Journal of Neurophysiology

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Beta Oscillatory Activity in the Subthalamic Nucleus and Its Relation to Dopaminergic Response in Parkinson's Disease

Moran Weinberger, Neil Mahant, William D. Hutchison, Andres M. Lozano, Elena Moro, Mojgan Hodaie, Anthony E. Lang, Jonathan O. Dostrovsky


Recent studies suggest that beta (15–30 Hz) oscillatory activity in the subthalamic nucleus (STN) is dramatically increased in Parkinson's disease (PD) and may interfere with movement execution. Dopaminergic medications decrease beta activity and deep brain stimulation (DBS) in the STN may alleviate PD symptoms by disrupting this oscillatory activity. Depth recordings from PD patients have demonstrated beta oscillatory neuronal and local field potential (LFP) activity in STN, although its prevalence and relationship to neuronal activity are unclear. In this study, we recorded both LFP and neuronal spike activity from the STN in 14 PD patients during functional neurosurgery. Of 200 single- and multiunit recordings 56 showed significant oscillatory activity at about 26 Hz and 89% of these were coherent with the simultaneously recorded LFP. The incidence of neuronal beta oscillatory activity was significantly higher in the dorsal STN (P = 0.01) and corresponds to the significantly increased LFP beta power recorded in the same region. Of particular interest was a significant positive correlation between the incidence of oscillatory neurons and the patient's benefit from dopaminergic medications, but not with baseline motor deficits off medication. These findings suggest that the degree of neuronal beta oscillatory activity is related to the magnitude of the response of the basal ganglia to dopaminergic agents rather than directly to the motor symptoms of PD. The study also suggests that LFP beta oscillatory activity is generated largely within the dorsal portion of the STN and can produce synchronous oscillatory activity of the local neuronal population.


Damage to the basal ganglia (BG) is well known to result in a variety of movement disorders highlighting the important although still poorly understood function of these nuclei in the motor system. The loss of nigral dopaminergic input to the striatum in Parkinson's disease (PD) leads to a poverty and slowness of movements, rigidity, and frequently also postural instability and tremor, but the mechanisms underlying these abnormalities remain unclear. Studies in 1-methyl-4-phenyl-1,2,3,6-tetrahydropyridine (MPTP)–treated monkeys and in PD patients suggest that one of the consequences of loss of dopaminergic inputs to the BG is increased synchronized oscillatory activity in the subthalamic nucleus (STN) and globus pallidus interna (GPi) (Bergman et al. 1994; Levy et al. 2000, 2002; Marceglia et al. 2006; Nini et al. 1995).

Depth recordings of local field potentials (LFPs) in STN of PD patients have demonstrated prominent oscillatory activity in the beta frequency band (15–30 Hz) (Brown et al. 2001; Cassidy et al. 2002; Kuhn et al. 2004; Levy et al. 2002), which is consonant with cortical EEG activity (Marsden et al. 2001b; Williams et al. 2002). The STN beta LFPs are decreased by dopaminergic medication and active movements (Alegre et al. 2005; Alonso-Frech et al. 2006; Cassidy et al. 2002; Doyle et al. 2005; Foffani et al. 2005; Kuhn et al. 2004; Levy et al. 2002; Priori et al. 2004; Williams et al. 2003). It was previously suggested that the therapeutic effects of deep brain stimulation (DBS) arise from disrupting this pathologically increased synchronized beta activity (Brown et al. 2004; Filali et al. 2004; Jahanshahi et al. 2000; Lozano et al. 2002; Wingeier et al. 2006).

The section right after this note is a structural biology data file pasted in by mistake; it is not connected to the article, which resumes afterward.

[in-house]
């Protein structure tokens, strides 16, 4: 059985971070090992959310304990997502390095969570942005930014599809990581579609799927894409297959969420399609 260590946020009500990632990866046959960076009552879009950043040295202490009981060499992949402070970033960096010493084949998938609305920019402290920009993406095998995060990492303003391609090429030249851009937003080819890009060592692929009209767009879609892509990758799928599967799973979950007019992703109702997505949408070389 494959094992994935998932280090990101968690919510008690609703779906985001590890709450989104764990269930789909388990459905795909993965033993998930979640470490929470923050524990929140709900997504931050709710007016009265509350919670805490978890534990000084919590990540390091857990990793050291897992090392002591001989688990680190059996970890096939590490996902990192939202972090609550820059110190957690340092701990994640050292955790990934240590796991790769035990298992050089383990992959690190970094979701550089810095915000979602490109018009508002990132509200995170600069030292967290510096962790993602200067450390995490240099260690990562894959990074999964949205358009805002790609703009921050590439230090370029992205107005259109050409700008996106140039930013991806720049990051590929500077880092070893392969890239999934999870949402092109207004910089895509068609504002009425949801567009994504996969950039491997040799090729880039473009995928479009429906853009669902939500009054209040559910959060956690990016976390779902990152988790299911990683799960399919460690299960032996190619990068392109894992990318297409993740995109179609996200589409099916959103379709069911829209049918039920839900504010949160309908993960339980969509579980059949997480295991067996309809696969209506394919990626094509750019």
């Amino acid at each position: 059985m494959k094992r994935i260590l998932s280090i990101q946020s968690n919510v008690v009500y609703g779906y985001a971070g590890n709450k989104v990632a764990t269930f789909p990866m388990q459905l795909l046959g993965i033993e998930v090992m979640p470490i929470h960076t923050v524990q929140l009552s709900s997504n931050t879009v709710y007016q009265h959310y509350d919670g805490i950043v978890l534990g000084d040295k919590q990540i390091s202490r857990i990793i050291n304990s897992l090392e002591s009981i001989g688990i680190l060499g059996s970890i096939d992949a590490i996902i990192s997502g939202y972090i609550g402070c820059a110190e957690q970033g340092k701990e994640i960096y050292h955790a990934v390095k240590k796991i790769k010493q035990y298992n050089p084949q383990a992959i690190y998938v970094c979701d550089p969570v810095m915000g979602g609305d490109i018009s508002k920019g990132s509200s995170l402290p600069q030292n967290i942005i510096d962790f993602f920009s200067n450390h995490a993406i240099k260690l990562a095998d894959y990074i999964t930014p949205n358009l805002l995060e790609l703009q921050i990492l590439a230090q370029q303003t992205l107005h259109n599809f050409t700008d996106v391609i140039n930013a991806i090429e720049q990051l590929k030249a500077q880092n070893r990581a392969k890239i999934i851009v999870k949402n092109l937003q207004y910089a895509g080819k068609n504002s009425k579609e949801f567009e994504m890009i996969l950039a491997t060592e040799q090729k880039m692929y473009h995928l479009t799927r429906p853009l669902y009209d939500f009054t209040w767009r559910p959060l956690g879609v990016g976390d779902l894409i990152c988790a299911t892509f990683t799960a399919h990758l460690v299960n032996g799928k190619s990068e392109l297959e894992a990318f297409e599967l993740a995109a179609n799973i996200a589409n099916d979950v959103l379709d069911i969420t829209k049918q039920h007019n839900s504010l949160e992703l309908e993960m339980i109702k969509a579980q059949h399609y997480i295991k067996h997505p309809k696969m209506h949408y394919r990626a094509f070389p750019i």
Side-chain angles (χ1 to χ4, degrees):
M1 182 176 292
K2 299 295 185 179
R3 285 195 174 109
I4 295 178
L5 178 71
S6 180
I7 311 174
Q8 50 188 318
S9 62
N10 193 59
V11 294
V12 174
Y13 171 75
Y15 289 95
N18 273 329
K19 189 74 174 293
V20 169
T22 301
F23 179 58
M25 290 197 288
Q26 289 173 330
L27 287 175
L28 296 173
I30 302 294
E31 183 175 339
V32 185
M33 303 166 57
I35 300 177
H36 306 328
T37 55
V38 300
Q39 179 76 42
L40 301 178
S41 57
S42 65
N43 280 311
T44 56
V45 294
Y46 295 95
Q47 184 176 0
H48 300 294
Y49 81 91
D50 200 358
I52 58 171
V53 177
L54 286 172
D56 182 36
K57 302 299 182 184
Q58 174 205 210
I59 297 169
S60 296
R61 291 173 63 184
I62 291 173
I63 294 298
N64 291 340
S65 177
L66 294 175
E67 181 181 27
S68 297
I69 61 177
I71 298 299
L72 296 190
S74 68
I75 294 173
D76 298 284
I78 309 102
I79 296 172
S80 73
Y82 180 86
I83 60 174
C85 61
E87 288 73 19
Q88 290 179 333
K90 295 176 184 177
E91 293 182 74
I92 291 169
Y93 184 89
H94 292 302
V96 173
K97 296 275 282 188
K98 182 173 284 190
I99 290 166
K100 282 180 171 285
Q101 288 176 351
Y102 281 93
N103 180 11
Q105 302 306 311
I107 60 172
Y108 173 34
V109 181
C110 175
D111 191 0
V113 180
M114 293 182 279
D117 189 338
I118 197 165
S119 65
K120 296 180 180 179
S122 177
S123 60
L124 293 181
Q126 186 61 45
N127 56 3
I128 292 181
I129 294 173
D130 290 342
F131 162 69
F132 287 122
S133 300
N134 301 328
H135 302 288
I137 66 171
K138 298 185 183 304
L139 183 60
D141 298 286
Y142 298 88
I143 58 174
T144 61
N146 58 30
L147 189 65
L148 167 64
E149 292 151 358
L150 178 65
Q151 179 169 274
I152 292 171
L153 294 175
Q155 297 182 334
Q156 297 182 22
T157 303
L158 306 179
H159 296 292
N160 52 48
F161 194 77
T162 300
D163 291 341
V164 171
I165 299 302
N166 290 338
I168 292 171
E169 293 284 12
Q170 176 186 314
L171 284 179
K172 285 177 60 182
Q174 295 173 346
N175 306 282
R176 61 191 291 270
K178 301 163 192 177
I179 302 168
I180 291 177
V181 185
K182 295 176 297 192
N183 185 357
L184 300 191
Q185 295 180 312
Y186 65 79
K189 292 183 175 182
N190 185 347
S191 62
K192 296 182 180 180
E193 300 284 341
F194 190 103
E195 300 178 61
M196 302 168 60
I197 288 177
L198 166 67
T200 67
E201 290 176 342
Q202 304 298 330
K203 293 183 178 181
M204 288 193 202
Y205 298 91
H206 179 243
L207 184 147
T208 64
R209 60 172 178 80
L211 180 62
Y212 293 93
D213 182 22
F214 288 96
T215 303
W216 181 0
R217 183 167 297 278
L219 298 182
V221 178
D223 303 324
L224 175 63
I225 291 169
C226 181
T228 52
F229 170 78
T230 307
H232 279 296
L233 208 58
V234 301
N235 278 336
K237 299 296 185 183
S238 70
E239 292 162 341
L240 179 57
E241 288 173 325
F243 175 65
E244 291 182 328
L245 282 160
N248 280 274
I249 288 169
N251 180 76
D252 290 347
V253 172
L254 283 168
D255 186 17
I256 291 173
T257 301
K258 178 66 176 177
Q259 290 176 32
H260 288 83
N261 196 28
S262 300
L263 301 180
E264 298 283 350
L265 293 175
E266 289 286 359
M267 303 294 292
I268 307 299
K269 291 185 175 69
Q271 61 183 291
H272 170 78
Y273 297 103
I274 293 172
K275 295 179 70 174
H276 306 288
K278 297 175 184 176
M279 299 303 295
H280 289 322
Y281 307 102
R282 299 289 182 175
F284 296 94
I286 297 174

The origin of the beta LFP activity is still poorly understood, although studies by Levy et al. (2000) demonstrated the existence of neurons in STN that fired rhythmically at frequencies within the beta band and many pairs of neurons were shown to fire synchronously in the beta range. Moreover, the STN oscillatory neurons fire in synchrony with the simultaneously recorded beta LFP and the beta LFP activity is maximal in the dorsal part of STN (Kuhn et al. 2005; Levy et al. 2002).

To further elucidate the relationship of the STN oscillatory neuronal activity and LFPs and their possible role in mediating the motor symptoms of PD, we simultaneously recorded neuronal and LFP activity from pairs of microelectrodes in the STN of PD patients at rest and off medication. Moreover, investigation of the changes in the neuronal and LFP beta activity with depth along the electrode trajectories, above and within the STN, allowed analysis of the distribution of these activities within the nucleus. Also of interest is whether there is a relationship between the incidence of beta oscillatory cells and the patient's motor impairment and/or the effectiveness of dopaminergic medication in alleviating the patient's parkinsonian symptoms. Thus we examined the relationship between the percentage of STN oscillatory cells and the degree of motor disability on and off dopaminergic medication. Clarification of the relationship between the recorded LFP, local neuronal discharge, and clinical symptoms will provide further insight into the possible roles of these beta rhythms and their relationship to the therapeutic effectiveness of dopaminergic medication. The findings reported herein were previously reported briefly in Weinberger et al. (2005).